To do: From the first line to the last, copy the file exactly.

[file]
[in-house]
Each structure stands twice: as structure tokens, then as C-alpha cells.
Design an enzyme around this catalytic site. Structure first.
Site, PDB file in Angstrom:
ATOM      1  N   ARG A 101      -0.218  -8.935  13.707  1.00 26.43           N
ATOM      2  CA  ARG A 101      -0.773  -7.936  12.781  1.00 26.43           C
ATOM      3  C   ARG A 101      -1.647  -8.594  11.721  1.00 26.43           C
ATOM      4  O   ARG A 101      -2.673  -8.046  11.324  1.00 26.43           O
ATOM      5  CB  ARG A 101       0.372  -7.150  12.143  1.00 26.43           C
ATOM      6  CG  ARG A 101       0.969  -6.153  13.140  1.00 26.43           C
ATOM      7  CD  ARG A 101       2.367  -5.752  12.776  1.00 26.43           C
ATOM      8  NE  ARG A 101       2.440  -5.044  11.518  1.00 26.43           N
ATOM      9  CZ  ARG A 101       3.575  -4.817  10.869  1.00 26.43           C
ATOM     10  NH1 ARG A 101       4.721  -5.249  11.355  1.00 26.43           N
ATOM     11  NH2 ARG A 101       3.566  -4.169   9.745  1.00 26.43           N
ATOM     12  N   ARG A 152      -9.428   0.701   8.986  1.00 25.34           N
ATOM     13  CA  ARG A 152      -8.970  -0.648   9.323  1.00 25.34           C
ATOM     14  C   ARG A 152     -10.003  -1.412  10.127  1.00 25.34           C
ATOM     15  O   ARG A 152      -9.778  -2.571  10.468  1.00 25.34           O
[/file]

[in-house]
Each structure stands twice: as structure tokens, then as C-alpha cells.
Design an enzyme around this catalytic site. Structure first.
Site, PDB file in Angstrom:
ATOM      1  N   ARG A 101      -0.218  -8.935  13.707  1.00 26.43           N
ATOM      2  CA  ARG A 101      -0.773  -7.936  12.781  1.00 26.43           C
ATOM      3  C   ARG A 101      -1.647  -8.594  11.721  1.00 26.43           C
ATOM      4  O   ARG A 101      -2.673  -8.046  11.324  1.00 26.43           O
ATOM      5  CB  ARG A 101       0.372  -7.150  12.143  1.00 26.43           C
ATOM      6  CG  ARG A 101       0.969  -6.153  13.140  1.00 26.43           C
ATOM      7  CD  ARG A 101       2.367  -5.752  12.776  1.00 26.43           C
ATOM      8  NE  ARG A 101       2.440  -5.044  11.518  1.00 26.43           N
ATOM      9  CZ  ARG A 101       3.575  -4.817  10.869  1.00 26.43           C
ATOM     10  NH1 ARG A 101       4.721  -5.249  11.355  1.00 26.43           N
ATOM     11  NH2 ARG A 101       3.566  -4.169   9.745  1.00 26.43           N
ATOM     12  N   ARG A 152      -9.428   0.701   8.986  1.00 25.34           N
ATOM     13  CA  ARG A 152      -8.970  -0.648   9.323  1.00 25.34           C
ATOM     14  C   ARG A 152     -10.003  -1.412  10.127  1.00 25.34           C
ATOM     15  O   ARG A 152      -9.778  -2.571  10.468  1.00 25.34           O